Today, encyclopedias, jetliners, operating systems, mutual funds, and many other items are being created by teams numbering in the thousands or even millions. While some leaders fear the burgeoning growth of these massive online communities, Wikinomics proves this fear is folly. Smart firms can harness collective capability and genius to spur innovation, growth, and success.
A brilliant guide to one of the most profound changes of our time, Wikinomics challenges our most deeply rooted assumptions about business and will prove indispensable to anyone who wants to understand competitiveness in the 21st century.
Based on a $9-million research project led by best-selling author Don Tapscott, Wikinomics shows how masses of people can participate in the economy like never before. They are creating TV news stories, sequencing genomes, remixing their favorite music, designing software, finding cures for disease, editing school texts, inventing new cosmetics, and even building motorcycles. You'll read about:
An important look into the future, Wikinomics will be your road map for doing business in the 21st century.
©2006 Don Tapscott and Anthony D. Williams; (P)2007 Tantor Media Inc.
"A clear and exciting preview of how peer innovation will change everything." (Booklist)
"This clear and meticulously researched primer gives business leaders big leg up on mass collaboration possibilities." (Publishers Weekly)
Why use English when business pundits provide so many alternatives? This, along with the way that economics is changing the economy, seems to be one of the goals of its authors. Instead of following the central themes of the book, I found myself trying imagine how to "leverage the ecosystem" and what "accelerating exponentially" would be like. For me, the overuse of tied phrases like "new paradigm" and the substitution of adjectives like hypergrowth for actual numerical growth numbers makes this book feel like a caffeine fueled brainstorming session rather than a serious work of business thinking. So, take out that business buzzword bingo board, sit back with some friends and get ready for some serious winnings.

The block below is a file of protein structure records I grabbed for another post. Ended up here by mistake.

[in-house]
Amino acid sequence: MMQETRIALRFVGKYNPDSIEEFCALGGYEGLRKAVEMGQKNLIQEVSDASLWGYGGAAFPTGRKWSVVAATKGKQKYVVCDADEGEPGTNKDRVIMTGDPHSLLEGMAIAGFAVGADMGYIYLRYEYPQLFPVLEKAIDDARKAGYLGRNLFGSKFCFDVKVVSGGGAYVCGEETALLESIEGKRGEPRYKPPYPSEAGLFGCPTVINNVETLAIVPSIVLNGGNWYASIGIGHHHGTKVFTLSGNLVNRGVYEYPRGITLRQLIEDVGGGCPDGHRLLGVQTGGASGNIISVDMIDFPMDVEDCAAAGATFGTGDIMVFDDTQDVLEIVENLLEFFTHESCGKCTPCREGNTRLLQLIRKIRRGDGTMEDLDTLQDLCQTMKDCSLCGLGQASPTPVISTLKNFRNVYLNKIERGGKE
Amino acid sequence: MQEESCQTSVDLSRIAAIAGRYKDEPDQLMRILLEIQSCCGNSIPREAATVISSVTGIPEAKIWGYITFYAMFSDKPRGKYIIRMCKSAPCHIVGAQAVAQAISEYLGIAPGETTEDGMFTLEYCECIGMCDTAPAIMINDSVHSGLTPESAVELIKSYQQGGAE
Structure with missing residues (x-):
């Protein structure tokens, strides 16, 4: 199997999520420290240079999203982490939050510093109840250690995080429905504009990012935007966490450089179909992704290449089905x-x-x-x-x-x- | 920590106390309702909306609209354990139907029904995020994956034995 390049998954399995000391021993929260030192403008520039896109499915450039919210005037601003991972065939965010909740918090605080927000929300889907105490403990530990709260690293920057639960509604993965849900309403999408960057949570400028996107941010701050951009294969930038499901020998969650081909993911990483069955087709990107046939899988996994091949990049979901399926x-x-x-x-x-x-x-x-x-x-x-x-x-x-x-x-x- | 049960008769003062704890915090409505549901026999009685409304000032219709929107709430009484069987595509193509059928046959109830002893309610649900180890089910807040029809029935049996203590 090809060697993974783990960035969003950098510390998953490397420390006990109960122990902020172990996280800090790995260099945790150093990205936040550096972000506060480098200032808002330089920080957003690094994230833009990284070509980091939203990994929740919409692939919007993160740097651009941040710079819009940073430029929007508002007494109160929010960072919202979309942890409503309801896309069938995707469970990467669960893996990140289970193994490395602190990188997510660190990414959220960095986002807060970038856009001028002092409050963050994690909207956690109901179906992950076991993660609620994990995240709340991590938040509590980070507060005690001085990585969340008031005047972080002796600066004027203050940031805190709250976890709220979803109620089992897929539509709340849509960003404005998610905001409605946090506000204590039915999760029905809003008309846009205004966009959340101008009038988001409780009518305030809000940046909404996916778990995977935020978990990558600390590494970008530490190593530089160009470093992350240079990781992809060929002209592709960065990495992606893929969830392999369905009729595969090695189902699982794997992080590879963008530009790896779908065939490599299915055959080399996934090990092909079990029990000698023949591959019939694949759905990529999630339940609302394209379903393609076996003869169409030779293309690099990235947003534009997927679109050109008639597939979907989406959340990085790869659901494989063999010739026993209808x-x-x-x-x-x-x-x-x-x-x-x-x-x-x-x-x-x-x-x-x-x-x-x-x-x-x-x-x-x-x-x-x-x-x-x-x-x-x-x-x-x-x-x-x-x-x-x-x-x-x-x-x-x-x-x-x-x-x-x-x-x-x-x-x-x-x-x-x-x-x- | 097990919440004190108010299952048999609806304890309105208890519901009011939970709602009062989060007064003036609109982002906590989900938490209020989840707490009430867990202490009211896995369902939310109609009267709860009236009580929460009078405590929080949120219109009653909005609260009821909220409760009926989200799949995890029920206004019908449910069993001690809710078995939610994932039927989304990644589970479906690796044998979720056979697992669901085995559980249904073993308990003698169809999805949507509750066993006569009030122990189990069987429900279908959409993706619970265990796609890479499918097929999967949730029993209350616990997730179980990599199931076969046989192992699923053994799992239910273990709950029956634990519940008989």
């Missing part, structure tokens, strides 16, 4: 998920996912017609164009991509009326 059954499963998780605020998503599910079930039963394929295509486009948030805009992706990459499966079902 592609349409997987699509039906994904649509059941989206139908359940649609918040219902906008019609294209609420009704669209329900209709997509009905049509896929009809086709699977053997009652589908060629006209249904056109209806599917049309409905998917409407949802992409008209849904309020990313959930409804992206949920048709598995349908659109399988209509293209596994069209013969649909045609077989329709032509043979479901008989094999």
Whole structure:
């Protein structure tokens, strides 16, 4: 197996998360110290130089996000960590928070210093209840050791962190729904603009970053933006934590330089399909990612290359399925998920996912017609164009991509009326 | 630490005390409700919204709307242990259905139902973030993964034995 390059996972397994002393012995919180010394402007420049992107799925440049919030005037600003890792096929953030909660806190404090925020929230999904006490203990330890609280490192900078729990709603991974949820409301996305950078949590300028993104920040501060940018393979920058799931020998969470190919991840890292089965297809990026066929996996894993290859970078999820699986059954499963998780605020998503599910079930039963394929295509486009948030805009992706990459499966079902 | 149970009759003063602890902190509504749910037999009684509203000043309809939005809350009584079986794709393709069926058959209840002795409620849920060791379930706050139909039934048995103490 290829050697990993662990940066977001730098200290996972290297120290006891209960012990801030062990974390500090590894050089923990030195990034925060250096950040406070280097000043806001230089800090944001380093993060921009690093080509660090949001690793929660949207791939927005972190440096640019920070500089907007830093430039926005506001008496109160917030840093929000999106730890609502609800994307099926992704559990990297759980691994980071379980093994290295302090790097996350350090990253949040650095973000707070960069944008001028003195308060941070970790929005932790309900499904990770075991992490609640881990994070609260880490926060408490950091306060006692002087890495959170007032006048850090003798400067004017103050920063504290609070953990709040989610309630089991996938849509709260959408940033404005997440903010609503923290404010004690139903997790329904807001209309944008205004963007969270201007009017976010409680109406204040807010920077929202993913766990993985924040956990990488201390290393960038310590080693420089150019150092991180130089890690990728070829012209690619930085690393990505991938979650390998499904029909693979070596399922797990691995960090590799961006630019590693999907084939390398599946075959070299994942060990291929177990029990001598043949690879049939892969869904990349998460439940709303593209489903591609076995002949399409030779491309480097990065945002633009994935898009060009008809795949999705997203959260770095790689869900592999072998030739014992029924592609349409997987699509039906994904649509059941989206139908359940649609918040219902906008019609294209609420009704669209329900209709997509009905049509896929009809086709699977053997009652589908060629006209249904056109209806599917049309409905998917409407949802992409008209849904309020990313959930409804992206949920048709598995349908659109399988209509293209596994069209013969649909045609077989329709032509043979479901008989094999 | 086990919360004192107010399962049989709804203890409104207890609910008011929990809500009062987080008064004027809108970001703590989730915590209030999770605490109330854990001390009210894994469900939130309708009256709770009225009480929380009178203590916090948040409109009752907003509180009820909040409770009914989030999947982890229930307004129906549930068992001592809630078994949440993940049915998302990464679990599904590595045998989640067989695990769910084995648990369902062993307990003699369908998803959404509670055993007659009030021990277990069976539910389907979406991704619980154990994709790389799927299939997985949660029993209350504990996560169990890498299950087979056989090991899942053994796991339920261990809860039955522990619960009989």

It is difficult to take authors seriously who are writing about revolutionary technologies and the next generation but call said generation "youngsters". It seems like a trivial point but it isn't. The author's are so amazed with this generation and the latest technologies that they sound like amateurs. I don't think they understand collaboration any better than the people they are trying to educate, they've just read more articles. I thought I was getting something truly illuminating but it truly wasn't.
This book is a must-read for any small business or entrepreneur. There are so many concepts and ideas introduced that you'll need to carry a small notebook with you to jot down all the details.
I consider myself quite technologically savvy, but the ideas introduced in this book introduced me to miriades of new ways to expand and improve my business.